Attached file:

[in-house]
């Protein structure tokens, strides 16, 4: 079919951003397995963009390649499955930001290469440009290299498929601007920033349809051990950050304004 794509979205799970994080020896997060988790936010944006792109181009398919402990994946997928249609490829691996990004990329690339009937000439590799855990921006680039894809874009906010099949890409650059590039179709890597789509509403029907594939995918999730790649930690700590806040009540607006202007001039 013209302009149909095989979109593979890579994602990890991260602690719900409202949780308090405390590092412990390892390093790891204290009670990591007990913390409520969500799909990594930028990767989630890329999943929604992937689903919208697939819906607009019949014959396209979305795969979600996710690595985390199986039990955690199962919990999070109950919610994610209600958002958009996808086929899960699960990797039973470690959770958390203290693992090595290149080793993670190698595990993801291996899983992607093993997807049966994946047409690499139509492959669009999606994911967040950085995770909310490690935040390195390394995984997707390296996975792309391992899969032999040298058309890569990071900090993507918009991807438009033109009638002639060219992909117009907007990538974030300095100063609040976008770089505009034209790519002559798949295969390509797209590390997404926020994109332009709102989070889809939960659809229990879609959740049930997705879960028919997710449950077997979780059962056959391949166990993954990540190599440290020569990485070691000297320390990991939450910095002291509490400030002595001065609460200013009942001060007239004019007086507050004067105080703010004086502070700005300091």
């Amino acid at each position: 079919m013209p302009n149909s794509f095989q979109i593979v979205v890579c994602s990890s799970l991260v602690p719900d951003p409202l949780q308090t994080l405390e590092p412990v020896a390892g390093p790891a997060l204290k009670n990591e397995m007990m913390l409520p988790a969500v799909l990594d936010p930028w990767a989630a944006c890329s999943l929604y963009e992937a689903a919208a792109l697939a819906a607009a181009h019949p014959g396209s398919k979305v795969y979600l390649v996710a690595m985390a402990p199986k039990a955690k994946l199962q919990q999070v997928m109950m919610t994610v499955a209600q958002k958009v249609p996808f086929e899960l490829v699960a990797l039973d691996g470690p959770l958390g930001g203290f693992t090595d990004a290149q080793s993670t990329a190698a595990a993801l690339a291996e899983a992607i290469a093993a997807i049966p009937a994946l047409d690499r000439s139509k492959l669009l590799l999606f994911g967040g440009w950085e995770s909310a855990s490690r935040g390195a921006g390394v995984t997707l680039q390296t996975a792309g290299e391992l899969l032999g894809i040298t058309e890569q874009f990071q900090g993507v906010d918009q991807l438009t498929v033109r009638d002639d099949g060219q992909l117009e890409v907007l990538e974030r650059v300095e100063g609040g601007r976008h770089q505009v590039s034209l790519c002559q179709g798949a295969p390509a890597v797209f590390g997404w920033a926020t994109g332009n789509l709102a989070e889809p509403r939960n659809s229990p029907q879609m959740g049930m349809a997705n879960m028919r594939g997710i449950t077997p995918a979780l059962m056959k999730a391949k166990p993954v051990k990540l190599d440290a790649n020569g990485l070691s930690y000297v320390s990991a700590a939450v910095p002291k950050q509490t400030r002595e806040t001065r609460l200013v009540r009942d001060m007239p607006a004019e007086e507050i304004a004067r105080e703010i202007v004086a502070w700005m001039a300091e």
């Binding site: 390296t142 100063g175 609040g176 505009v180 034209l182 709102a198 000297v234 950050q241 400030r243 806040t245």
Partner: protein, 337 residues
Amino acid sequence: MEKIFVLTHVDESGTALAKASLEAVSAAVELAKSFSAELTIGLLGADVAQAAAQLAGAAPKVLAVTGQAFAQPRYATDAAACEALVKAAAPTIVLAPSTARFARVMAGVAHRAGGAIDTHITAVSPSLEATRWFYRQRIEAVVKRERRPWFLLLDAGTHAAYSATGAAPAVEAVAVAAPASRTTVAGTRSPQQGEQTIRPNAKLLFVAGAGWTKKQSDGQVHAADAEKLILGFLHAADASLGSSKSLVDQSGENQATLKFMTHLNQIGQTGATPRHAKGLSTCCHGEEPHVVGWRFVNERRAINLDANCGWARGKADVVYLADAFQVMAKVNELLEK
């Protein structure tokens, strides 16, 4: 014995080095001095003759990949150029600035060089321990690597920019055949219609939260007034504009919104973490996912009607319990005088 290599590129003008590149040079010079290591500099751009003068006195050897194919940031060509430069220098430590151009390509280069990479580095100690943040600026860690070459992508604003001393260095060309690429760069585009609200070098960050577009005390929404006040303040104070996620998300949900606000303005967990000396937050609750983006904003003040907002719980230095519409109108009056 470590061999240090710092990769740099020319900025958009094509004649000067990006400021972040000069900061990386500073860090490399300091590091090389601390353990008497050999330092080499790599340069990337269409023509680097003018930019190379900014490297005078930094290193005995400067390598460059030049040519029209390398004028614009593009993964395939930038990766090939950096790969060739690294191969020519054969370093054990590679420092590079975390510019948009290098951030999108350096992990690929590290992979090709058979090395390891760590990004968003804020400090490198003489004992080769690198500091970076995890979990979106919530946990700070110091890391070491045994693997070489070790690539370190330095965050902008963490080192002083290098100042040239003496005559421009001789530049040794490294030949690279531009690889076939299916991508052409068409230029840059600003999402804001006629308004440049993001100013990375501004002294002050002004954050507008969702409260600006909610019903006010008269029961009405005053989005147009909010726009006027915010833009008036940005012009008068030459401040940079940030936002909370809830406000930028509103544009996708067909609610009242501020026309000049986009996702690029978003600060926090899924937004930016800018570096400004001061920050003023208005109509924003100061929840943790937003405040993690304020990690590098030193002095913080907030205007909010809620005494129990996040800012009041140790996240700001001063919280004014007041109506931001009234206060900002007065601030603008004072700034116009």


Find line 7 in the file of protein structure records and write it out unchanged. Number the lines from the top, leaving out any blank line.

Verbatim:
């Protein structure tokens, strides 16, 4: 014995080095001095003759990949150029600035060089321990690597920019055949219609939260007034504009919104973490996912009607319990005088 290599590129003008590149040079010079290591500099751009003068006195050897194919940031060509430069220098430590151009390509280069990479580095100690943040600026860690070459992508604003001393260095060309690429760069585009609200070098960050577009005390929404006040303040104070996620998300949900606000303005967990000396937050609750983006904003003040907002719980230095519409109108009056 470590061999240090710092990769740099020319900025958009094509004649000067990006400021972040000069900061990386500073860090490399300091590091090389601390353990008497050999330092080499790599340069990337269409023509680097003018930019190379900014490297005078930094290193005995400067390598460059030049040519029209390398004028614009593009993964395939930038990766090939950096790969060739690294191969020519054969370093054990590679420092590079975390510019948009290098951030999108350096992990690929590290992979090709058979090395390891760590990004968003804020400090490198003489004992080769690198500091970076995890979990979106919530946990700070110091890391070491045994693997070489070790690539370190330095965050902008963490080192002083290098100042040239003496005559421009001789530049040794490294030949690279531009690889076939299916991508052409068409230029840059600003999402804001006629308004440049993001100013990375501004002294002050002004954050507008969702409260600006909610019903006010008269029961009405005053989005147009909010726009006027915010833009008036940005012009008068030459401040940079940030936002909370809830406000930028509103544009996708067909609610009242501020026309000049986009996702690029978003600060926090899924937004930016800018570096400004001061920050003023208005109509924003100061929840943790937003405040993690304020990690590098030193002095913080907030205007909010809620005494129990996040800012009041140790996240700001001063919280004014007041109506931001009234206060900002007065601030603008004072700034116009």